It’s time for another B-Masters’ Roundtable! Drop in throughout the month of August as we celebrate the dawn of cinema, the time when a picture truly was worth a thousand words.

It’s SHHHHHH: A Silent Movie Spectacular

Site: Review: Sneak Peek:
Teleport City White Hell of Piz Palu Mountain adventure films have come and gone since then, and most of the movement has been toward the goofy and embarrassing. Arnold Fanck is really where this type of adventure begins, though, and even if his became a largely forgotten name, his adventure films still stand as some of the best ever made, and his combination of documentary and drama informs many modern films. His camera studies the mountain intently, dwells on the natural wonders such behemoths generate: the dance of cloud shadows over snow fields and rags, the glistening tunnels and pits of ice fields, the bizarre swirls of powder kicked up by winds cascading over the peaks. One gets a feel for every nook and cranny, every nub, jug, and crimpy little handhold. And that helps us understand the pain of the characters as they toil up the spine of this beast.
And You Call Yourself A Scientist! Le Voyage Dans La Lune What they do possess is a most marvellous sense of wonder, an awareness of the universe’s possibilities and an eagerness to embrace them. It is this quality that gives these primitive yet powerful works their enduring ability to delight and entertain; and it is a quality that we associate with the very best of science fiction.
And You Call Yourself A Scientist! À La Conquête Du Pôle (1912) À La Conquête Du Pôle is for the most part a science fiction-adventure story very much in the mould of Le Voyage Dans La Lune – frankly, rather too much in the mould of Le Voyage Dans La Lune – but at its climax it produces something original, something that moves it into the realm of the horror movie, and would endear the film to generations to come: A Honking Big Monster.
1000 Misspent Hours and Counting The Airship Destroyer Count Ferdinand von Zeppelin completed the first of his eponymous airships in 1900, while the Wright brothers got a heavier-than-air craft off the ground for the first time in 1903; the zeppelin and the Wright Flyer had all of the kinks more or less worked out by 1907 and 1905 respectively. The German military bought its first zeppelin in 1908, the US Army its first Flyer in 1909, and the first commercial airline went into business with a single example of the count’s airship in 1909 as well. In other words, the technologies that inspired Booth to make The Airship Destroyer had only just entered service, and the military applications to which he put them were nothing more than theoretical concepts and long-range plans at the time.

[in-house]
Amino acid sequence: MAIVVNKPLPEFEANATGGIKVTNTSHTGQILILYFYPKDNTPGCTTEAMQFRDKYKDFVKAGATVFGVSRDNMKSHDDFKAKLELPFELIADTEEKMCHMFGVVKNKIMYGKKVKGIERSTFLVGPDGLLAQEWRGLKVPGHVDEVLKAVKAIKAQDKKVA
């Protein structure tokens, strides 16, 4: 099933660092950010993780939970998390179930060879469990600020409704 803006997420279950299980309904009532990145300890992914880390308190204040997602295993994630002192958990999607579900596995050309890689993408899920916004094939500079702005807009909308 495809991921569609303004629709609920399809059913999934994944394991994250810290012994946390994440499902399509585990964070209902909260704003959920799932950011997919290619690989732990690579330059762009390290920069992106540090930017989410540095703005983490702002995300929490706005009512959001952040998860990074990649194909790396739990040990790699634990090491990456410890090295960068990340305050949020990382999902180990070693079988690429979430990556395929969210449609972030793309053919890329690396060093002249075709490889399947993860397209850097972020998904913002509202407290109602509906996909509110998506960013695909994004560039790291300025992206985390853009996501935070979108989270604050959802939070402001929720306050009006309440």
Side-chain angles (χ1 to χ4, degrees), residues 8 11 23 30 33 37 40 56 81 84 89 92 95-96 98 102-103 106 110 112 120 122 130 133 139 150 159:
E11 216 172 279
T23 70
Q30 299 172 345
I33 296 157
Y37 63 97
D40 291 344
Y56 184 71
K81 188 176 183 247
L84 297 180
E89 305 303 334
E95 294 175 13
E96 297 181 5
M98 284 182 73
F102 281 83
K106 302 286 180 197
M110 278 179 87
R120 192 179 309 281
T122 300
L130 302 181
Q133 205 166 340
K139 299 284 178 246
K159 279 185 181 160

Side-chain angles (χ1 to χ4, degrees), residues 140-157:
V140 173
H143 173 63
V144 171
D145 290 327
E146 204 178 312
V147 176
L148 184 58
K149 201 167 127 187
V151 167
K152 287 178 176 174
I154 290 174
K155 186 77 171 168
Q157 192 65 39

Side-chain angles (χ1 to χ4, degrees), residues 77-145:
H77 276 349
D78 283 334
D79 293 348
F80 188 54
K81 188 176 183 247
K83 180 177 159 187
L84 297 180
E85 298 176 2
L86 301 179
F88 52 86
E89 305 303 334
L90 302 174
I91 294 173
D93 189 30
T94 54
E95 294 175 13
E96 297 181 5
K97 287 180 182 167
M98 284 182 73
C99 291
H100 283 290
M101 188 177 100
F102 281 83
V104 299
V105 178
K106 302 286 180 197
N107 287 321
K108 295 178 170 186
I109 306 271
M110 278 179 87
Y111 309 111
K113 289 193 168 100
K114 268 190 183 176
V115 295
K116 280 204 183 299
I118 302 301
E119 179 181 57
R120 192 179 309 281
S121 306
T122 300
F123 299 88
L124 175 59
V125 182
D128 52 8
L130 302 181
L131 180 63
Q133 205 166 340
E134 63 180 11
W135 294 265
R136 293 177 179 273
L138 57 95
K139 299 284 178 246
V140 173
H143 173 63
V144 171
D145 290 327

1000 Misspent Hours and Counting J’Accuse! War movies, whatever their political stance, are far outside my usual purview, and as for war movies that would rather be soap operas instead— oh, hang on… I guess I did review Starship Troopers, didn’t I? That was different, though. That had huge, computer-animated bugs blowing up interstellar troopships by crapping jets of blue-hot plasma at them from the surface of an alien planet. What the hell does J’Accuse! have that would make it a fitting review subject for 1000 Misspent Hours and Counting? Well, how about zombies?
1000 Misspent Hours and Counting Weird Tales Rarely does one have to wait long after finding what seems to be the first of something before an even earlier example comes to light, but that said, I have a hard time imagining that there are too many horror anthology movies out there predating Weird Tales. At the very least, an anthology requires something close to a modern feature-length running time, and movies much longer than an hour were still a fairly recent innovation in 1919. In any event, Weird Tales pushes back the temporal horizons of more than just the portmanteau fright film, for it features Conrad Veidt in the sort of role that would dominate his historical public image, yet it came out some months before The Cabinet of Dr. Caligari. It also stands as an early example of an approach to casting that would recur among anthologies at least until the days of Trilogy of Terror— not only Veidt, but his two costars as well appear in all five tales, plus the interstitial framing sequences.